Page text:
Tuesday, 3 March 2015

Guadalhorce, Malaga

Tuesday 3 March

Just received an interesting and fun report from my friends Derek and Barbara Etherton who, without course to set alarms, managed to get themselves down to the Desembocadura Guadalhorce reserve first thing, well almost first thing, this morning.  On the other hand, they do have the advantage of living less than twenty minutes away.

We went down early this morning to enjoy the good weather.  On site by 08.45 and the first thing we noticed was how low the river was.  The footings for the motorway bridge were visible and both Common and Green Sandpipers were making use of the exposed mud.  A Kingfisher was perched on one of the motorway bridge supports and the usual suspects of Little Egrets, Moorhens and Coots abounded.  When we crossed back some three hours later the level had been raised considerably, guess they must have some control over it nearby.

The first hide on the eastern arm, Laguna Casillas, had White-headed Duck, Pochard, Teal, Little Grebe and Purple Swamphen showing well.

The main wader hide, Wader Pool, was excellent with the lower water levels; Sanderling, Dunlin, Redshank, Greenshank, Black-tailed Godwit, two Curlew Sandpiper, Ringed and Little Ringed as well as Kentish PloversTwo Grey Plovers made a fleeting stop. 

Black-tailed Godwit Aguja Colinegra Limosa limosa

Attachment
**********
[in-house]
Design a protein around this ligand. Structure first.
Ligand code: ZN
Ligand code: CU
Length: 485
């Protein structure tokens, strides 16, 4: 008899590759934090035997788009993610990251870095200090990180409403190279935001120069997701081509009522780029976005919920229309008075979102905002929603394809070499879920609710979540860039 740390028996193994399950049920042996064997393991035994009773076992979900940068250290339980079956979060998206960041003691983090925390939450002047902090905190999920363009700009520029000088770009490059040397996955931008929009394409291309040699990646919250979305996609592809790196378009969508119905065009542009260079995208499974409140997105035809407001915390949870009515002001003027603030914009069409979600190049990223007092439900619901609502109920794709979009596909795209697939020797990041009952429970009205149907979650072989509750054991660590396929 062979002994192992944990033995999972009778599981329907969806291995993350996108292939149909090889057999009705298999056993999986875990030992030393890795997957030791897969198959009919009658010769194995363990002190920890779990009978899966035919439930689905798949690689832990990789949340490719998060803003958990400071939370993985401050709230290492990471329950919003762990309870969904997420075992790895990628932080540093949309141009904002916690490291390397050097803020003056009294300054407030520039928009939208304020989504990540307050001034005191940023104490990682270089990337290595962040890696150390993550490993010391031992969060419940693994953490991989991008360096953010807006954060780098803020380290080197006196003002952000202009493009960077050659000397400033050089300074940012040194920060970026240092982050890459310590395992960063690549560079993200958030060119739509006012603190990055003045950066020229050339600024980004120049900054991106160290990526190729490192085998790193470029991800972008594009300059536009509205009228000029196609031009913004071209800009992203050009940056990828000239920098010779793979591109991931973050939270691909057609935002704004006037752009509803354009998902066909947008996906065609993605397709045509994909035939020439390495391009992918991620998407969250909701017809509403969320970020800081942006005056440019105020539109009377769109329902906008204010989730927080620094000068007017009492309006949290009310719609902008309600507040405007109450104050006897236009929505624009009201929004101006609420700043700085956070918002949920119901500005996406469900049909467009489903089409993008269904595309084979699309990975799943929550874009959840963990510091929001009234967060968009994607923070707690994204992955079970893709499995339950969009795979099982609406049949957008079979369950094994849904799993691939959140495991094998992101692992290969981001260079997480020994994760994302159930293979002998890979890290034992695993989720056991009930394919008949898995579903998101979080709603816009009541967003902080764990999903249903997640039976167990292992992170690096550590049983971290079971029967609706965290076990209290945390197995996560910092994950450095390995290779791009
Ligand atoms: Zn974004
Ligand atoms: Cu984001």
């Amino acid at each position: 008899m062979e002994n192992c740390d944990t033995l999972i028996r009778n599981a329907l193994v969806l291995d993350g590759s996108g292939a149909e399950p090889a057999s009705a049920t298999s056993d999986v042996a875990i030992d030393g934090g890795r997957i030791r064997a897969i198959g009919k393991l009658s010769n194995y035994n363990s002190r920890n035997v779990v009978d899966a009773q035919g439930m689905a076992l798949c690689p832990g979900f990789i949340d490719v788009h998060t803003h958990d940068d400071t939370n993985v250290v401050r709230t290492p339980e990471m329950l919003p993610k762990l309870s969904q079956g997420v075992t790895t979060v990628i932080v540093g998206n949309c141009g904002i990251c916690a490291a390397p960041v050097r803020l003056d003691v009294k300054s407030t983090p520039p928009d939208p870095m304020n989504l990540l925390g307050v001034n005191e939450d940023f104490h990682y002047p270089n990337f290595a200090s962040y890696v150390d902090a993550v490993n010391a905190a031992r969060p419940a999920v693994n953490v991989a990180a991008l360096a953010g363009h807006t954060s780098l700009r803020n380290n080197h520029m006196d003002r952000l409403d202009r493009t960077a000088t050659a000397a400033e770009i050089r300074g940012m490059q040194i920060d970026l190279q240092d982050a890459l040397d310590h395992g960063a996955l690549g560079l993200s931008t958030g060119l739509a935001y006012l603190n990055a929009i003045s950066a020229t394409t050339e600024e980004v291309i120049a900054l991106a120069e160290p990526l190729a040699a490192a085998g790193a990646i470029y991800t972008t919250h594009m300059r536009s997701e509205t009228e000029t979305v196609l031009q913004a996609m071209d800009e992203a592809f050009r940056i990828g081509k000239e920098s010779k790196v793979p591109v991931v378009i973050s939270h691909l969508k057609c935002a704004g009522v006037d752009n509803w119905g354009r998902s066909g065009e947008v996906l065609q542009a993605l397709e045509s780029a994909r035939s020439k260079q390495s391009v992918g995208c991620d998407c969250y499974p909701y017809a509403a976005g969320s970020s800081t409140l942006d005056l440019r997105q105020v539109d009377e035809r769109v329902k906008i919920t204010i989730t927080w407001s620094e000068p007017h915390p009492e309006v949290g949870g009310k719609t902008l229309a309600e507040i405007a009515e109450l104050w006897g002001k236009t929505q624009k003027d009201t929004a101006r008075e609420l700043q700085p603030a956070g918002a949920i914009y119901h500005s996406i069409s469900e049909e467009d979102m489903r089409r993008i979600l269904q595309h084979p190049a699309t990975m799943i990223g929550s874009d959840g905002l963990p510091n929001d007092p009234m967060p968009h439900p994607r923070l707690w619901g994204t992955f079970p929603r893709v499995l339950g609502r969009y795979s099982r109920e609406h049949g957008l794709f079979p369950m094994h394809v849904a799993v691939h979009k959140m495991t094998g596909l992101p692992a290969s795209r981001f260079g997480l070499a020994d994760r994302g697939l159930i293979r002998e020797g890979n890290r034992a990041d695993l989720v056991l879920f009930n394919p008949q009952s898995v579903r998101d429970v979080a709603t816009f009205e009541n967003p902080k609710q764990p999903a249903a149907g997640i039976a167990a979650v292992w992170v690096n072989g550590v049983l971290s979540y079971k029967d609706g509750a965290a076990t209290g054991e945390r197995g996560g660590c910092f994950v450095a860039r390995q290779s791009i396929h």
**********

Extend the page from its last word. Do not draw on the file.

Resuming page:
Walking towards the Sea Watch point there was not much on the open water to the right, the Rio Viejo, but very different on the way back!  Counted twenty-two Sanderlings 'heaped' together, Redshank, Ringed and Kentish Plover and three Ruff showing beautifully.  Oh, from the watchpoint, zero terns but five Mediterranean in a raft of Black-headed Gulls.  A solitary Black-necked Grebe was feeding just off the shore in front of us. 

Walking back Escondida was disappointing, but from the main Laguna Grande hide two Yellow Wagtails f.flavisima were very prominent just in front.  there were two Flamingos at the back and energetic "coupling" between two Little Ringed Plovers kept us amused!  As did the antics of the Kentish Plover who seemed 'put out' by their behaviour!

Kentish Plover Chorlitejo patinegro Charadrius alexandrinus perhaps wondering about what its cousins might be up to!

We recorded a list of 56 species and introduced the Andalucia Bird Society to a Norfolk couple who holiday down here a few months of the year.

Exhausted we returned home via a Menu de Dia at Ikea, well meatballs anyway.

Bugger it.....still no Red-rumped!!!!!!!!!

I know the feeling (about the missing Red-rumps) so hoping to put that right with an inland visit to Huerta Tajar in the morning.  Sort of a "Watch this space" as they say.  Whatever, it sounds as if Derek and Barbara had a great morning to the envy of us all who stayed at home.

Check out the accompanying website at http://www.birdingaxarquia.weebly.com for the latest sightings, photographs and additional information.

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